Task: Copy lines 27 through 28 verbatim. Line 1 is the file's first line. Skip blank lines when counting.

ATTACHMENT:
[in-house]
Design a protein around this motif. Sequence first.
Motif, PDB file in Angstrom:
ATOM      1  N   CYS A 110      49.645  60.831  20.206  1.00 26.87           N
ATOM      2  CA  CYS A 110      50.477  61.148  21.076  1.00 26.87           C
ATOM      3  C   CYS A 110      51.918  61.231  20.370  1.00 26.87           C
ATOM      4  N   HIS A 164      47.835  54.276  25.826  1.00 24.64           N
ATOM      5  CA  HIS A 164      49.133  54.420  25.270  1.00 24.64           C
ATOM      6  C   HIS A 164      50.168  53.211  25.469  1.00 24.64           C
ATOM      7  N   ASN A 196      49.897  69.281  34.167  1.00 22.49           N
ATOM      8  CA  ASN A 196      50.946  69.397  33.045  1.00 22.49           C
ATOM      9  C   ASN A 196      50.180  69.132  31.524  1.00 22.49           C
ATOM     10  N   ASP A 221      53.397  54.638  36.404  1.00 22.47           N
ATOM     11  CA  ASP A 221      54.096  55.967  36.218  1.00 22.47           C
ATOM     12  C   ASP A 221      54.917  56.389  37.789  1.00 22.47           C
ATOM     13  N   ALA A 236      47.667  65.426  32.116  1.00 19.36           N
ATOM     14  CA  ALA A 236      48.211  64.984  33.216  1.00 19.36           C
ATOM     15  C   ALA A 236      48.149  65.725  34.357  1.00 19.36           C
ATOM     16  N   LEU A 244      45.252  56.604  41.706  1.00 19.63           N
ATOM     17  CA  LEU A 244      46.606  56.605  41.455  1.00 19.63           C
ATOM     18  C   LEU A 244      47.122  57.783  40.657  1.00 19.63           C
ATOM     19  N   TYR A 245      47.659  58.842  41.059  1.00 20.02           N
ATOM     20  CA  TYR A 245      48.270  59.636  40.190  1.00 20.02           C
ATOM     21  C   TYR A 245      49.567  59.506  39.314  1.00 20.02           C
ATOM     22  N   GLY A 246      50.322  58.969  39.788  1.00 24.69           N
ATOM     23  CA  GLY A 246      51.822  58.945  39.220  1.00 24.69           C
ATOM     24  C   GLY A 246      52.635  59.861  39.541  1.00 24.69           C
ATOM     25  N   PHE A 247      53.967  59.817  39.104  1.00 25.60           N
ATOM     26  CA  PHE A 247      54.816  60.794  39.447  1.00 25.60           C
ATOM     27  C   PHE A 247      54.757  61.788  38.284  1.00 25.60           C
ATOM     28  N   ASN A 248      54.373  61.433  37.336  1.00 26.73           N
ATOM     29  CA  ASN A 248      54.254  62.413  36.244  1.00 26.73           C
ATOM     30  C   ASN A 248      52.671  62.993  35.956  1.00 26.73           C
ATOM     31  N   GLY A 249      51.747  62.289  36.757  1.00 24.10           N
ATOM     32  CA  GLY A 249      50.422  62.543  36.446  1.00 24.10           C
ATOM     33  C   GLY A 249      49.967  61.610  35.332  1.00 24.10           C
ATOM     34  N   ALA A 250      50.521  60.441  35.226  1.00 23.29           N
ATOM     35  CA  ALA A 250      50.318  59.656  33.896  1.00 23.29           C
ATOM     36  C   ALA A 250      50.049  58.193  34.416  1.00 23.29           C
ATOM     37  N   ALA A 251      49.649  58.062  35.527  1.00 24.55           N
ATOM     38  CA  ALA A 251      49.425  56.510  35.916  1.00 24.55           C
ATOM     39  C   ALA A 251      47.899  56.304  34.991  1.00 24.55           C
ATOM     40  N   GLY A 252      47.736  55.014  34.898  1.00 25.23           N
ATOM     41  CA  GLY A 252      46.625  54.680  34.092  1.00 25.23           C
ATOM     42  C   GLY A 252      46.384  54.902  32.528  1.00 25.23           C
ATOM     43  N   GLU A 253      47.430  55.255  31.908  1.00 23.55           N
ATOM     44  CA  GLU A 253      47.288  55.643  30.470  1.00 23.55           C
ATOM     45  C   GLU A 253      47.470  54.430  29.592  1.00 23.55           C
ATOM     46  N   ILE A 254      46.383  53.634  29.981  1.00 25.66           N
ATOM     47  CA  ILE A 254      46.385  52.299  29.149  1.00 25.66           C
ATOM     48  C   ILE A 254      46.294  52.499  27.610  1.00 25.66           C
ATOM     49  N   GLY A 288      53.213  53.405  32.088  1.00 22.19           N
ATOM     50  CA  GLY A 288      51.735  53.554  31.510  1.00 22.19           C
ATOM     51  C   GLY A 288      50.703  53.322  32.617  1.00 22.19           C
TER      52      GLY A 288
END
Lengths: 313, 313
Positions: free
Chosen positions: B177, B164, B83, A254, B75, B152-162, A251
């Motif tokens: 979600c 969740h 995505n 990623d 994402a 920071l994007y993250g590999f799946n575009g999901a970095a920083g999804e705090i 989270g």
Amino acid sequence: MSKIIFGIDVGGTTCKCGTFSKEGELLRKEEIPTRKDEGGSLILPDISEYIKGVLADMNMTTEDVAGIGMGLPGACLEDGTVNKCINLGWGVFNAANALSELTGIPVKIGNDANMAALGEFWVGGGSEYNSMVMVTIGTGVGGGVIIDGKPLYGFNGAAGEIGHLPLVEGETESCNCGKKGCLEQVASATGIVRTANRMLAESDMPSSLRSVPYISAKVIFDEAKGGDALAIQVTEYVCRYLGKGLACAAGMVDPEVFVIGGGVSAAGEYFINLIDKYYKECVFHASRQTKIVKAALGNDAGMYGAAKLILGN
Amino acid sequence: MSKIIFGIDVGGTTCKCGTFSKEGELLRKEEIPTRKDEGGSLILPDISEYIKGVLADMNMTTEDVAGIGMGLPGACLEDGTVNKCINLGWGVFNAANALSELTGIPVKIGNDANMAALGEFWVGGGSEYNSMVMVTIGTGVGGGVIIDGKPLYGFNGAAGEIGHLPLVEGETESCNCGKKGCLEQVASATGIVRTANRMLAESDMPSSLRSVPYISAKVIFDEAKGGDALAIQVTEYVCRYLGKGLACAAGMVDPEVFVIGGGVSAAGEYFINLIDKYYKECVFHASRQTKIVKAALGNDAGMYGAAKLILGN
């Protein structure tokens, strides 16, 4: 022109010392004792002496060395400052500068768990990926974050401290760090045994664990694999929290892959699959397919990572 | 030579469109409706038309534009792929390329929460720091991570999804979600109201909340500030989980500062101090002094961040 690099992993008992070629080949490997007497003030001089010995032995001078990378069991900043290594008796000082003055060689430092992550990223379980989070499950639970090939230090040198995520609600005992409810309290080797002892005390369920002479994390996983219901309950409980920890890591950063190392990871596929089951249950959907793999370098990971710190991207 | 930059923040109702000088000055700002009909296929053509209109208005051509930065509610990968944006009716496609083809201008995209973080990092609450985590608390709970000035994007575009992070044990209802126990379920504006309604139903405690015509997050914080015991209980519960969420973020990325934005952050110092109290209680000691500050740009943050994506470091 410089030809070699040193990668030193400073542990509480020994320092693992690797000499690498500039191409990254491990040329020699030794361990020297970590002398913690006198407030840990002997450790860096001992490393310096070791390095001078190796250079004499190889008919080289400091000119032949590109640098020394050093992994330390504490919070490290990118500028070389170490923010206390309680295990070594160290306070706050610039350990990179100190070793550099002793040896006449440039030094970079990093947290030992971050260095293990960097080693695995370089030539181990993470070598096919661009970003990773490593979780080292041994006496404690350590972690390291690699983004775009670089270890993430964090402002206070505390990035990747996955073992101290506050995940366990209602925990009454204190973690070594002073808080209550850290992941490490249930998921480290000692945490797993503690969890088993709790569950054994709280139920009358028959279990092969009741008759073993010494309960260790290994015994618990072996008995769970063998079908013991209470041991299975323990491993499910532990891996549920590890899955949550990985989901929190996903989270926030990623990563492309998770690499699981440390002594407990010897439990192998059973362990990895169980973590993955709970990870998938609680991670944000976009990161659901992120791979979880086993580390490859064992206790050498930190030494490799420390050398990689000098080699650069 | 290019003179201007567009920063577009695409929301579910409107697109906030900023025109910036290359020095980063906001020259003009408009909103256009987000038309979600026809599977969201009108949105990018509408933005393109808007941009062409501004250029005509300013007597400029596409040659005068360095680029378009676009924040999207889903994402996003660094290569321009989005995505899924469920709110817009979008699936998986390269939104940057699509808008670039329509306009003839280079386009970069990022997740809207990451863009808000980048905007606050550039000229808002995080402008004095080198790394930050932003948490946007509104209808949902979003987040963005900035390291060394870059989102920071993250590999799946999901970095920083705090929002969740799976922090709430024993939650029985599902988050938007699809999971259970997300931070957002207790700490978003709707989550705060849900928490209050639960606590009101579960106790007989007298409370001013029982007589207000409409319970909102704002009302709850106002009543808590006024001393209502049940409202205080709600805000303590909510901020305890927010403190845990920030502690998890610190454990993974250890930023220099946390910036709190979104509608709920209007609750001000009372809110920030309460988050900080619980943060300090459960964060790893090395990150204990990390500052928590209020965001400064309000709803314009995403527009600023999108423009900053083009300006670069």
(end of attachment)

ATOM     24  C   GLY A 246      52.635  59.861  39.541  1.00 24.69           C
ATOM     25  N   PHE A 247      53.967  59.817  39.104  1.00 25.60           N